- The Washington Times - Thursday, October 24, 2002

There's a strange sort of symbiosis between vocalist and instrumentalist that can result in either a pretty hefty rivalry or an unparalleled connection between words and music. This week, three venues provide the opportunity to explore the interplay between the two in the hands of artists well versed in both instrument and voice.

At Blues Alley, jazz artist Dana DeRose debuts Tuesday night. A classically trained pianist who early on discovered the allure of jazz after listening to Art Tatum and Red Garland, Miss DeRose began to experience symptoms of carpal tunnel syndrome that soon left her unable to play.

"I thought I wasn't practicing enough," says Miss DeRose, who had spent hours learning how to play in the improvisational style that is inherent in jazz music. "I kept thinking, 'I've got to get this music.' But my hand kept getting worse."

It was a rough period for the then-21-year-old musician, who hadn't contemplated any other career but music.

She finally ended up on the stage as a vocalist, coaxed on by her jazz piano teacher in her hometown of Binghamton, N.Y., who called her up to sing with his combo.

"I had never paid attention to the words before," Miss DeRose says, admitting that she spent those early sessions with a songbook in one hand and the microphone in the other. "I always thought the words were secondary to the music."

Two operations later, Miss DeRose, 35, now routinely receives critical acclaim both as pianist and as vocalist, performing with a surety and elegance that prompts comparisons to Ella Fitzgerald.

"Singing changed my playing," she says. "Knowing the words really gave me a sense of what the song is about."

Her latest CD, "Love's Holiday," released just last month, features her original instrumental tribute to legendary jazz pianist Marian McPartland. There are some fresh takes on old favorites as well, revealing a sense of timing and harmony that pushes the limit of the unexpected.

And that, she says, is just what she was looking for in the first place and then some.

"There's a creativity to jazz and a warmth to the music that attracts whether you are playing or singing," she says. "Singing gives me a new way of seeing the song."

For those musicians who are still working out the issues between the singer and the song, Randy Sharp's workshop on singing and songwriting Saturday at Bangkok Blues may be just the ticket. Not familiar with Randy Sharp? If you've heard Dolly Parton, Emmylou Harris, Maura O'Connell, or the Dixie Chicks perform, you've probably encountered one of his songs. In fact, the Nashville songwriter has had six No. 1 country hits.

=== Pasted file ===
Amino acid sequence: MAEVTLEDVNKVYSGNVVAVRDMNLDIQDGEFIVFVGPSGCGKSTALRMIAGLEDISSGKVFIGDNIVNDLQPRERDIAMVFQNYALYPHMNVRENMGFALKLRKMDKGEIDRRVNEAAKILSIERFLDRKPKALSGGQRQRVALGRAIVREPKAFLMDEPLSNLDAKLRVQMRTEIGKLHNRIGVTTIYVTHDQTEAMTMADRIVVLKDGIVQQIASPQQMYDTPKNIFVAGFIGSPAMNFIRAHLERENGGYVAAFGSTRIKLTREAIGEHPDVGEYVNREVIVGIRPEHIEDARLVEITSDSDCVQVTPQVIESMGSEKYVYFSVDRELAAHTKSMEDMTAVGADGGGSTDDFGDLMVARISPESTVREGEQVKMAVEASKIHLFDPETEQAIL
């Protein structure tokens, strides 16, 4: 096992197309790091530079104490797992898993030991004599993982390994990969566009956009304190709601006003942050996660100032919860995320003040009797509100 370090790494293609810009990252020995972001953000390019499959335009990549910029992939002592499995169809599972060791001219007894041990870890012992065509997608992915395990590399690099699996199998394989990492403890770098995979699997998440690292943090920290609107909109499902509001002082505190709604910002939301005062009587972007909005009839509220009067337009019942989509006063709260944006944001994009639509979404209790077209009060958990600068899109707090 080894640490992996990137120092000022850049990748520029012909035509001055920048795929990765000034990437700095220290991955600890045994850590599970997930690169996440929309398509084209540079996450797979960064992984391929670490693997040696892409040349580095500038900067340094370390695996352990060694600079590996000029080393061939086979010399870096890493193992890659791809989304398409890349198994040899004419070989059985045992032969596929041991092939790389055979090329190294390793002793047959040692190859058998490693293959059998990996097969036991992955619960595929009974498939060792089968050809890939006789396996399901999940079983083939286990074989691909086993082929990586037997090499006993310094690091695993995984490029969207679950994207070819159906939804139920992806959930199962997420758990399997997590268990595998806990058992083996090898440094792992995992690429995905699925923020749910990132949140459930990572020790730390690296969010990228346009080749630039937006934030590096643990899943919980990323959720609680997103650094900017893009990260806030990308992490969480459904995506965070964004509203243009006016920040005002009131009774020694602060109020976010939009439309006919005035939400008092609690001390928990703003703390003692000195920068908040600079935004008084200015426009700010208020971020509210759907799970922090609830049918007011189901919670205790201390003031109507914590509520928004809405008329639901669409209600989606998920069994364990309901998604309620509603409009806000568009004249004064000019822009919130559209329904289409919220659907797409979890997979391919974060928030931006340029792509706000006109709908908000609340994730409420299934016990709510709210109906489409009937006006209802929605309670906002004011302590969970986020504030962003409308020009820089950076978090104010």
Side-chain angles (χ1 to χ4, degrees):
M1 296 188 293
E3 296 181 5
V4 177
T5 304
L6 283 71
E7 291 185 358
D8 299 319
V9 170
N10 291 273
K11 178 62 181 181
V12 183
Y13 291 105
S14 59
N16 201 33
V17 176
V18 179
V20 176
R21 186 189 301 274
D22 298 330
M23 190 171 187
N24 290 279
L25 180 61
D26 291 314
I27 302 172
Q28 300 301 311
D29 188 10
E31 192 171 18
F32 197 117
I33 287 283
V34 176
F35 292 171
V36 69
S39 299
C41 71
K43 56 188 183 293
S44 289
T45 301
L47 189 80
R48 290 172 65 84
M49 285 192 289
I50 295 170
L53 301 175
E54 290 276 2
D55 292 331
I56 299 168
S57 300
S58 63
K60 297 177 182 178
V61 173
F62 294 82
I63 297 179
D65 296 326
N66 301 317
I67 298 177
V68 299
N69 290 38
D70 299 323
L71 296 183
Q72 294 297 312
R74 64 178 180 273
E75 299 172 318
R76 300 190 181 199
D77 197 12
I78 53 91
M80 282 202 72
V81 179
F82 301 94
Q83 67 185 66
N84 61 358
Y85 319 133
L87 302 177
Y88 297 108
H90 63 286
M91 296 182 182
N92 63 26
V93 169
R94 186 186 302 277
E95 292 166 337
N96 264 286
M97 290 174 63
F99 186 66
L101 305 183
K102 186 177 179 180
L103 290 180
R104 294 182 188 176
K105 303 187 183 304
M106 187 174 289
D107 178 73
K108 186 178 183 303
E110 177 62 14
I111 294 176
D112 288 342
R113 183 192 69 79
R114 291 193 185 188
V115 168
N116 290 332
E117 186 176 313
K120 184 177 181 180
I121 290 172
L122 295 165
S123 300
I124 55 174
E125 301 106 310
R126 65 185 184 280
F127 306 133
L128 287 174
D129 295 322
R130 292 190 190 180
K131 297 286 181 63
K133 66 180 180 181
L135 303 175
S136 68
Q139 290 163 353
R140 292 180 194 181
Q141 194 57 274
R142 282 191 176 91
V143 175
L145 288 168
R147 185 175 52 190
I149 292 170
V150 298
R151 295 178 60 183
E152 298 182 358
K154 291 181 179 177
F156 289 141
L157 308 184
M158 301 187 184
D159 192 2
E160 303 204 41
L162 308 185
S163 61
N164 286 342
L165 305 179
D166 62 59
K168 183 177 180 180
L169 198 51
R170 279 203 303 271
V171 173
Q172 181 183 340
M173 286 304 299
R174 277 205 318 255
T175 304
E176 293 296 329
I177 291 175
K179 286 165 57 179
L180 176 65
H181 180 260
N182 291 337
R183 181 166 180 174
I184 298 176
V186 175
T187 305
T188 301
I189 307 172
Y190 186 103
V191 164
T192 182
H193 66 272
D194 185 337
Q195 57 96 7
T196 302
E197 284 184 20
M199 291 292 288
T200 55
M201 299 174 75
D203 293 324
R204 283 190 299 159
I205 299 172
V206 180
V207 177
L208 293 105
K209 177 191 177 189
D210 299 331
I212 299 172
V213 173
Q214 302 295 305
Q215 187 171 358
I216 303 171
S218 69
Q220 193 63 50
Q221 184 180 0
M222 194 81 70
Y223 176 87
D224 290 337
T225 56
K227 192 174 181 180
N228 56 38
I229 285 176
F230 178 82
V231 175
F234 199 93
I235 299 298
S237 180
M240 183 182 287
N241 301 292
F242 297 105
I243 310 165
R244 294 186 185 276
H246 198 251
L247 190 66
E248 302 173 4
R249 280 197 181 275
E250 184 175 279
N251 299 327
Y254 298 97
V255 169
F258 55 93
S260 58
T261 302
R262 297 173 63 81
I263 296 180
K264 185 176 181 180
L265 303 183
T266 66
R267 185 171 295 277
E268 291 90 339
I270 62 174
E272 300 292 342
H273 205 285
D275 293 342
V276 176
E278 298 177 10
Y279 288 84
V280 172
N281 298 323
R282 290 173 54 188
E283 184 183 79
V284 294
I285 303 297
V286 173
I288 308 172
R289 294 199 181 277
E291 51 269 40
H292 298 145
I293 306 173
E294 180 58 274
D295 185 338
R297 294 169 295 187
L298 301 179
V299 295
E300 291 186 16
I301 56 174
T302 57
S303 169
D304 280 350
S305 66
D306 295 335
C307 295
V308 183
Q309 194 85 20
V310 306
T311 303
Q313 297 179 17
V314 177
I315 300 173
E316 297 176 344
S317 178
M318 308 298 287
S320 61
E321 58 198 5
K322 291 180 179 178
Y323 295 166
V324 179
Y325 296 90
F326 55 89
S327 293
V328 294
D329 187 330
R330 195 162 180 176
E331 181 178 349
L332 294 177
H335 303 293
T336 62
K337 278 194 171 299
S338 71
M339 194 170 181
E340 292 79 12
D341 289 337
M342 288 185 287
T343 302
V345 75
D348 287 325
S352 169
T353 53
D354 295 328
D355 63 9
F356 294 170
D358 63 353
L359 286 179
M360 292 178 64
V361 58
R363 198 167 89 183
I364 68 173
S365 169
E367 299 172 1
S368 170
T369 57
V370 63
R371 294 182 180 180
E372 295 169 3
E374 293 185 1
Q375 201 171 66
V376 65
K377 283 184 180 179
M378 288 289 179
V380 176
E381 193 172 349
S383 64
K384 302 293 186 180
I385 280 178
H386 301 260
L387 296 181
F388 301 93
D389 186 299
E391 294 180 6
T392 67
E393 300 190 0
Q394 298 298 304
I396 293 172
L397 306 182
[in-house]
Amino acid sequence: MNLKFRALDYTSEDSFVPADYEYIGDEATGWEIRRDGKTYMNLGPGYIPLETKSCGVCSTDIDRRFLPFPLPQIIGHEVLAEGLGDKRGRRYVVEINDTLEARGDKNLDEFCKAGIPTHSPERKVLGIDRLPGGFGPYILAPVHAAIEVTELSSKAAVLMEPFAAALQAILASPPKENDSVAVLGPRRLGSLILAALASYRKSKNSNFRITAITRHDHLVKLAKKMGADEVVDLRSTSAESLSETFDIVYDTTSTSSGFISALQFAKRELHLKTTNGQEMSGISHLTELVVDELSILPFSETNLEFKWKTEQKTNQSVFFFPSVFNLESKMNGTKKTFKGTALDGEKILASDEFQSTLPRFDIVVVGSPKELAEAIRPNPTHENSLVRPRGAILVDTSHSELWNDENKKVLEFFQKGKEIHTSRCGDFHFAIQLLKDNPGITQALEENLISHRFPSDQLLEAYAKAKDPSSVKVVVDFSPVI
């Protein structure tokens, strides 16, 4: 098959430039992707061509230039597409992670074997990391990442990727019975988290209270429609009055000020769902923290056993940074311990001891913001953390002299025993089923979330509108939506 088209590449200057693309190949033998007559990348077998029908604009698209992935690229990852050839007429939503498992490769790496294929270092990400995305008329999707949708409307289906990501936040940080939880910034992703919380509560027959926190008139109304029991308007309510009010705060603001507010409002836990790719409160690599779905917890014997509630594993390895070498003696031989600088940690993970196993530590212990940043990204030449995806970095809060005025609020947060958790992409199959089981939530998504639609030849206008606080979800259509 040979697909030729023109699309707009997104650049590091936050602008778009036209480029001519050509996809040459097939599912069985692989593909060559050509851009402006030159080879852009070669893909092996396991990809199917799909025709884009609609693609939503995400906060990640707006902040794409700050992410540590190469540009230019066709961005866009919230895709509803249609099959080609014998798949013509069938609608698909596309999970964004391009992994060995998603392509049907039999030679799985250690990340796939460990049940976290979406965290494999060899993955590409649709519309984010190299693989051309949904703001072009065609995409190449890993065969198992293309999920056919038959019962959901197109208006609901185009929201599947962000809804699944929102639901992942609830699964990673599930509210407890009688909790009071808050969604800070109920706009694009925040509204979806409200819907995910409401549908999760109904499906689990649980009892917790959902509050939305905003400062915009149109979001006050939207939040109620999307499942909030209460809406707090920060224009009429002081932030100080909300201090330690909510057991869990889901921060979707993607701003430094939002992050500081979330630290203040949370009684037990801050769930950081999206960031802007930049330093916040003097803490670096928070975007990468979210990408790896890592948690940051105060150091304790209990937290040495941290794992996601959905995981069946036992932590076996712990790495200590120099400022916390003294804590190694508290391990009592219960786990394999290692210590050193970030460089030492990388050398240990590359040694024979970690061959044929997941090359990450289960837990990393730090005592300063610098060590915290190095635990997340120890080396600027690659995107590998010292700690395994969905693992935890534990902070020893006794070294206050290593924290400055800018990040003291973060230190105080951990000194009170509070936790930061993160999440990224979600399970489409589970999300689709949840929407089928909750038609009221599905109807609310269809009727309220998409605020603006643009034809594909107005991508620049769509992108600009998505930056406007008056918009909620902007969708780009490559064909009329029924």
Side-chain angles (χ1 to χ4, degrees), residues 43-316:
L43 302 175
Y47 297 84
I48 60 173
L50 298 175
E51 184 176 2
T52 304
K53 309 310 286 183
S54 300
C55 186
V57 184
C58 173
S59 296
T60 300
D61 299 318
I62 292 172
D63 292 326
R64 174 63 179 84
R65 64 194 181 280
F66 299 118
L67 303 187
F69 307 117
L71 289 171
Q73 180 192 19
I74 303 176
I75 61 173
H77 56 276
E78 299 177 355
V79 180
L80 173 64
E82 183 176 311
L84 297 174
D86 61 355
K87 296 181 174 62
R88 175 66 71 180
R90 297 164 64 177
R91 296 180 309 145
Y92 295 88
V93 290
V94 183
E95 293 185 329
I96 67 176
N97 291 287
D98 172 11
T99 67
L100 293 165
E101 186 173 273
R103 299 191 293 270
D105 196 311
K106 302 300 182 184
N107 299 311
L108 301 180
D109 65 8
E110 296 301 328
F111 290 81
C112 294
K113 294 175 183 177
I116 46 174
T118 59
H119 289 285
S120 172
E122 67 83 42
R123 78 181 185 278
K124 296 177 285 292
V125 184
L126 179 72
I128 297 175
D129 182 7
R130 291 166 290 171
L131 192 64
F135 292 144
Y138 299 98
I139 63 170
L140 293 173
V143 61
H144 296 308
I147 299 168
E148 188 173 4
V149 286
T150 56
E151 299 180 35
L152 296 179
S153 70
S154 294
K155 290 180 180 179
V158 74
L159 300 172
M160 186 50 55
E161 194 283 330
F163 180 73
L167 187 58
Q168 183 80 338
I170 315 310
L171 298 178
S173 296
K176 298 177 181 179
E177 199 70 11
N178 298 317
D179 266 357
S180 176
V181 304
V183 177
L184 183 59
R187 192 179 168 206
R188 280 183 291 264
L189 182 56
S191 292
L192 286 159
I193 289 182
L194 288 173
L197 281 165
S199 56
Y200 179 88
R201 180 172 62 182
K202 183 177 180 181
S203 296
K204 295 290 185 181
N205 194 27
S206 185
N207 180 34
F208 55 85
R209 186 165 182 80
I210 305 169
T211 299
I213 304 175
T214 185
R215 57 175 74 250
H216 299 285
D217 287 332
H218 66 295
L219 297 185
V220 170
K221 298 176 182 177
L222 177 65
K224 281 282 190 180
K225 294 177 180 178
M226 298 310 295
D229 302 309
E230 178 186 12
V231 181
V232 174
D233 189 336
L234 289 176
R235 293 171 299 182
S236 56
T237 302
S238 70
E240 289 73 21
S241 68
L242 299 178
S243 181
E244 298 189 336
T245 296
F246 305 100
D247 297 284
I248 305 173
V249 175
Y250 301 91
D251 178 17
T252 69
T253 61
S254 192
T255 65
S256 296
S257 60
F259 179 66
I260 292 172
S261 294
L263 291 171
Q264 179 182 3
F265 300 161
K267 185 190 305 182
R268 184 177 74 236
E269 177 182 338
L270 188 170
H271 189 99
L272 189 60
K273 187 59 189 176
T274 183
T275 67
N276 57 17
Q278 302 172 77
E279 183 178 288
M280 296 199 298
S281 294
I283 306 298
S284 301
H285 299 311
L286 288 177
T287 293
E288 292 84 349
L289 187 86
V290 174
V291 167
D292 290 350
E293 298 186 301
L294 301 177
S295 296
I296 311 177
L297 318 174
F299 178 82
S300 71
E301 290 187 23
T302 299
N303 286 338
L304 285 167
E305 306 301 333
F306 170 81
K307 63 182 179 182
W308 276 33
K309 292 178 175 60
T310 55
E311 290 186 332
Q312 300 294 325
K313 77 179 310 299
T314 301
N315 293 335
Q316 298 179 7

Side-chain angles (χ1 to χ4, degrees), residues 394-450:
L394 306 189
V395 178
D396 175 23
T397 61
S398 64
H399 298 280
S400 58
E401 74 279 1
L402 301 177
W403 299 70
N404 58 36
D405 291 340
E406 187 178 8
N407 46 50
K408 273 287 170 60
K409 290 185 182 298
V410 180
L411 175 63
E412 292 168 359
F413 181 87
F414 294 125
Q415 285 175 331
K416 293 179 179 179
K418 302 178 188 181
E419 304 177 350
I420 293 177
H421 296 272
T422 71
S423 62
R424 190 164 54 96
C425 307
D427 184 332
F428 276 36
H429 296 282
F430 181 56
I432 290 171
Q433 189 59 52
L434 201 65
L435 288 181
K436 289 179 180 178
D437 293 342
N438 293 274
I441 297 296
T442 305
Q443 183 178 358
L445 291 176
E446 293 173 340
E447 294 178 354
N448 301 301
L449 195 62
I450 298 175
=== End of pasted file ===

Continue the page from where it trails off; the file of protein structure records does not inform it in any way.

Last month, he released his first solo album project in more than 15 years. Entitled "The Connection," and produced by Mr. Sharp and his daughter Maia, the album features some new material as well as a few old standbys.

The Randy Sharp workshop is hosted jointly by the Washington Area Music Association and the Songwriters' Association of Washington. For more information, Call WAMA at 202/338-1134 or SAW at 301/654-8434.

At the Barns at Wolf Trap, the Hawaiian Slack Key Guitar Fest, which concludes this evening, features the song stylings and instrumental artistry of Ledward Ka'apana and Princess Owana Salazar, two musicians closely associated with the genre.

Slack key, or ki ho'alu (which literally means "loosen the key"), comes from the practice of loosening or slackening the strings of the guitar in a departure from standard tunings. A constant bass line is played with the thumb, while the fingers pick out the melody.

The roots of the music are in the 1830s, when cowboys and vaqueros who came to Hawaii to help control the burgeoning cattle population left their guitars behind them but not the secret of how to tune them.

"Families developed their own tunings," says Miss Salazar, whose new CD, "Wahine Slack 'n Steel," features the two great traditions of Hawaiian guitar. "I've used some of the traditional tunings and given them a more contemporary sound."

For Miss Salazar, that might include adding jazz or other rhythms to traditional melodies, or in one case, fusing the traditional tune "Hi'ilawe" with Jimi Hendrix's "Waterfall."

Slack key master Ledward Ka'apana remembers being surrounded by musician relatives when he was growing up in the small town of Kampana, on the Big Island of Hawaii, in the 1950s.

"Everyone played," he recalls. "There was music all the time"

Beginning in the late 1980s, New Age musical guru George Winston put out a number of slack key recordings on his Dancing Cat label, preferring to concentrate on the instrumental line, which traditionally had served merely to back up the voice. But the connection between voice and instrument is an important one, says Mr. Ka'apana.

"Slack key really supports the voice," he says. "The way I learned to play is that you sing from the heart and what is in the music goes out to the people."

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